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The 2008 American Axle workers strike

In 2008, 3,600 workers at auto parts supplier American Axle & Manufacturing in Michigan and New York struck from February 26 through May 23, against a threatened 50 percent wage cut–from $28 to $14 per hour.

Workers were in a battle against not just their employer, but against an ongoing pattern of wage-cutting contracts imposed by the United Auto Workers union. The strike took place soon after the UAW first imposed a two-tier structure at Ford, GM and Chrysler in late 2007, and one year before an expanded two-tier wage, set at 50 percent of standard base pay, was imposed for all new hires in the Obama administration's forced bankruptcy and restructuring of Chrysler and General Motors in 2009.

American Axle workers on strike in Detroit, 2008 (WSWS Photo)

Shortly after the strike began, American Axle CEO Richard Dauch threatened to close his US plants and shift production to Mexico and other low-wage countries if workers did not accept his demands. Since the UAW fully accepts and defends the capitalist system, it had no answer to this economic blackmail.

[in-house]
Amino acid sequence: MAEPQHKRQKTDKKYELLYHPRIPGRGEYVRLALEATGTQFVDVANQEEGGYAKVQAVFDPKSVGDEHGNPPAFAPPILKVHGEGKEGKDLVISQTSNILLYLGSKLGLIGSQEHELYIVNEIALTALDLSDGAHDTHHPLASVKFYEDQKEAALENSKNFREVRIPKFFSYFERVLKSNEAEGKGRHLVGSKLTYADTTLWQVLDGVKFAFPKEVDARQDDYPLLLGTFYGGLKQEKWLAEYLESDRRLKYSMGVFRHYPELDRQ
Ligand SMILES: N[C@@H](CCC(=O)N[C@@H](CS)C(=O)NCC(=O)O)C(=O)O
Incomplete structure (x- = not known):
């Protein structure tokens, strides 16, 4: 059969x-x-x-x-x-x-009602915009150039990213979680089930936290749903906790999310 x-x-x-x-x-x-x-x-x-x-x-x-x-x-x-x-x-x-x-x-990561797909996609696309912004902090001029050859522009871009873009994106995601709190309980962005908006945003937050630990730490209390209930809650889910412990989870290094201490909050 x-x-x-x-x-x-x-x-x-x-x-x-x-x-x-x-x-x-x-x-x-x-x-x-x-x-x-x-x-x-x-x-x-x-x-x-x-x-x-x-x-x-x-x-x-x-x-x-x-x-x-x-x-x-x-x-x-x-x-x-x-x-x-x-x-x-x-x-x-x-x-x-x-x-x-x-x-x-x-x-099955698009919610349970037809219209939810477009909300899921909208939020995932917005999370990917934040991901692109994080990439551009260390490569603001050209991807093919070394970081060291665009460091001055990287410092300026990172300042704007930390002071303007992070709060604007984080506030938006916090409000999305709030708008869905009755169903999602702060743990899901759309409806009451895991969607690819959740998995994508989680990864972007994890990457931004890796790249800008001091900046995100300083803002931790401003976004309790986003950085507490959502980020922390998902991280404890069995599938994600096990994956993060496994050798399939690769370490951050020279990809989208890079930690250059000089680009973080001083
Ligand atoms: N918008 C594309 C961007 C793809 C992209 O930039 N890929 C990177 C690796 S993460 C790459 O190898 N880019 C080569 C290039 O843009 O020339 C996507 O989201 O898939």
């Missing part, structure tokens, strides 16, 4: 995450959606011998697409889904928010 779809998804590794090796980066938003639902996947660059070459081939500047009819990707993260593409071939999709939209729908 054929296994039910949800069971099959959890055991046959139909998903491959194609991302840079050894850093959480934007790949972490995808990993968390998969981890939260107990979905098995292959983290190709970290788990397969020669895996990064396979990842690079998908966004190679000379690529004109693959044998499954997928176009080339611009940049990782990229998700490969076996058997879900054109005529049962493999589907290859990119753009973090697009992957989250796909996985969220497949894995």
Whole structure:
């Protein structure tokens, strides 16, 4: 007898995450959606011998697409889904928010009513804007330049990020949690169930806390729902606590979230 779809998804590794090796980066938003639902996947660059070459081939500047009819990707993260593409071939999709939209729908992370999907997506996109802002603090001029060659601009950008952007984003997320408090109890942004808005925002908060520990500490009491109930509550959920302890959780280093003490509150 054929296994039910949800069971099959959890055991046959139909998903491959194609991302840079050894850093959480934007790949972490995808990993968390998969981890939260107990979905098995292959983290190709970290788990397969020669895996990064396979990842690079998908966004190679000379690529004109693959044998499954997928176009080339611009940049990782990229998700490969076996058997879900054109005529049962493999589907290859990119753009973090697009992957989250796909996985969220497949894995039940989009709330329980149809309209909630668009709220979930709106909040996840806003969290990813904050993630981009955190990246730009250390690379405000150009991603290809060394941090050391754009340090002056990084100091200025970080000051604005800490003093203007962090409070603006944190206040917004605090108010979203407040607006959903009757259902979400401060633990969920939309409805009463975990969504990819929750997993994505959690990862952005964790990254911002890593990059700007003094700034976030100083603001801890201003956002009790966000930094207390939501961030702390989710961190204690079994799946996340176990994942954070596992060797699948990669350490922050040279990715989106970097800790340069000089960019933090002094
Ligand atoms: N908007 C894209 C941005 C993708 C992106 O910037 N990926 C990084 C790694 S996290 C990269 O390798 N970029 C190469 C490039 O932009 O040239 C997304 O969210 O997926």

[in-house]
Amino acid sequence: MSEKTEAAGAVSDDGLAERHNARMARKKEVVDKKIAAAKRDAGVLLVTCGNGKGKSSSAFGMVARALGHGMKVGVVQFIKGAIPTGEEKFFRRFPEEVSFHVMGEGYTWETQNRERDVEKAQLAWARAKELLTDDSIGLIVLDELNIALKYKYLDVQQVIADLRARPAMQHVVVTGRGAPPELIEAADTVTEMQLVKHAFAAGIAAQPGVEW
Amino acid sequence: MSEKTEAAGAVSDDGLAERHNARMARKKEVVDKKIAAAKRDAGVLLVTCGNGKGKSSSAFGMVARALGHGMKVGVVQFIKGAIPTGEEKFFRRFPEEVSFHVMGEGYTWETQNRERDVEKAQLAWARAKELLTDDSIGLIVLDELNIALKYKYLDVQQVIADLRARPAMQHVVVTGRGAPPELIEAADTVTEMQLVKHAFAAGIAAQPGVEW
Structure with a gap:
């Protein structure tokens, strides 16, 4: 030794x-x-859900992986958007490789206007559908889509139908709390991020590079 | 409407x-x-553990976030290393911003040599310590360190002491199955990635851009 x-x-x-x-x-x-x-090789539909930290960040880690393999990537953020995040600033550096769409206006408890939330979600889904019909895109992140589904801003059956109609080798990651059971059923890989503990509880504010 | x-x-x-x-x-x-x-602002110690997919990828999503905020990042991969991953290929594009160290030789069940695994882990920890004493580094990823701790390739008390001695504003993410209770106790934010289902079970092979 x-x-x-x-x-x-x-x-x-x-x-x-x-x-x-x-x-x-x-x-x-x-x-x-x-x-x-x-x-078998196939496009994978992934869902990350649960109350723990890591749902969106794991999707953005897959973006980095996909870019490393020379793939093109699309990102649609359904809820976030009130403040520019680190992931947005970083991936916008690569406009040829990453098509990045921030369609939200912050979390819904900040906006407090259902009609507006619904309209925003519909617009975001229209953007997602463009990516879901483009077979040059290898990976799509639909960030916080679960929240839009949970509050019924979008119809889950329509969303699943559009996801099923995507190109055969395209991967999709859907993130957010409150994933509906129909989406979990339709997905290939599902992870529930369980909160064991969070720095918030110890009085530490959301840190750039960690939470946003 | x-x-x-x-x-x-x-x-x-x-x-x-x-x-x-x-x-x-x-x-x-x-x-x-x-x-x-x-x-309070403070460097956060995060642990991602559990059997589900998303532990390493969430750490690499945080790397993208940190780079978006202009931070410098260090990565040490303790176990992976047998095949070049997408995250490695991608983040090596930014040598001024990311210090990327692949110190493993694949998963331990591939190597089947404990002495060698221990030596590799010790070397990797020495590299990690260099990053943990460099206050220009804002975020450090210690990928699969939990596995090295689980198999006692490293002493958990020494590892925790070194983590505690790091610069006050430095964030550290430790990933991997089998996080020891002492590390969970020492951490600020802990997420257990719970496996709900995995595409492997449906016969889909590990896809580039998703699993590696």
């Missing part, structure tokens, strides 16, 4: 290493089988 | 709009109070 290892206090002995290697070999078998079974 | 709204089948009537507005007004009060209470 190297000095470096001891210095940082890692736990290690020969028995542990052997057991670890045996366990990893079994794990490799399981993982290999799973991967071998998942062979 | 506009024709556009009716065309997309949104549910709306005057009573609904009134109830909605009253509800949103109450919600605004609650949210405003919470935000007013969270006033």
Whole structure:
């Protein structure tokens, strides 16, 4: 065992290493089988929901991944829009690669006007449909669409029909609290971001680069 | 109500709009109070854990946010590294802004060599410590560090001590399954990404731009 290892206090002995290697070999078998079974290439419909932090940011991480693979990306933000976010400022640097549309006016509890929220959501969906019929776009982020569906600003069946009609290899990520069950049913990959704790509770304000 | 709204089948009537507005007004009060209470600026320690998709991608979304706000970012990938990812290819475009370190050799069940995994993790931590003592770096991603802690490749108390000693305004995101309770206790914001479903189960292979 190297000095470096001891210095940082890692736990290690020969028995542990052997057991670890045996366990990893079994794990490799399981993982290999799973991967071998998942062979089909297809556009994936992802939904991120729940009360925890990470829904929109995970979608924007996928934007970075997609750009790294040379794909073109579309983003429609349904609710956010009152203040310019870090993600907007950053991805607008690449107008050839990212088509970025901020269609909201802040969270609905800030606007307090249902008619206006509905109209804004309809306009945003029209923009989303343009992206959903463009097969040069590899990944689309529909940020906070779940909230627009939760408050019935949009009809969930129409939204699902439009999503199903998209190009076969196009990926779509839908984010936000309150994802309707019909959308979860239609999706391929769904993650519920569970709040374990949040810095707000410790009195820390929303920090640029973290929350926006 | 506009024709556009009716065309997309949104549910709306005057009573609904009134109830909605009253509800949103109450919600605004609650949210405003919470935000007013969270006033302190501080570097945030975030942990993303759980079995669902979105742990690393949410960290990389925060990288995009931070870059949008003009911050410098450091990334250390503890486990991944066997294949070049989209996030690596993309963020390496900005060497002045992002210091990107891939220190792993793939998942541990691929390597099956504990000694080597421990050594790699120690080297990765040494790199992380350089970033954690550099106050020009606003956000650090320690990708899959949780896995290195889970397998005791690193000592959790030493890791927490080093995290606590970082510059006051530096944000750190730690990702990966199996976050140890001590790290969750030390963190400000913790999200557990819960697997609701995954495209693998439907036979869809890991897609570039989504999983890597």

After isolating the strike for 87 days with strike pay of just $200 per week, the UAW forced through a sellout contract that slashed wages from $28 an hour to $18.50, and in some locations as low as $10 an hour, setting a new benchmark in the permanent lowering of wages across the auto industry. Dauch claimed the deal had reduced labor costs by 50 percent.

American Axle workers on strike in Detroit, 2008 (WSWS Photo)

The Detroit-Hamtramck factory was in operation for more than 90 years. Before the strike it employed 2,200 workers, but just 300 remained by the time it finally closed in February 2012, at the conclusion of the sellout contract.

The plant was demolished in 2013.

American Axle Detroit-Hamtramck complex under demolition, November 3, 2013 (WSWS Photo)
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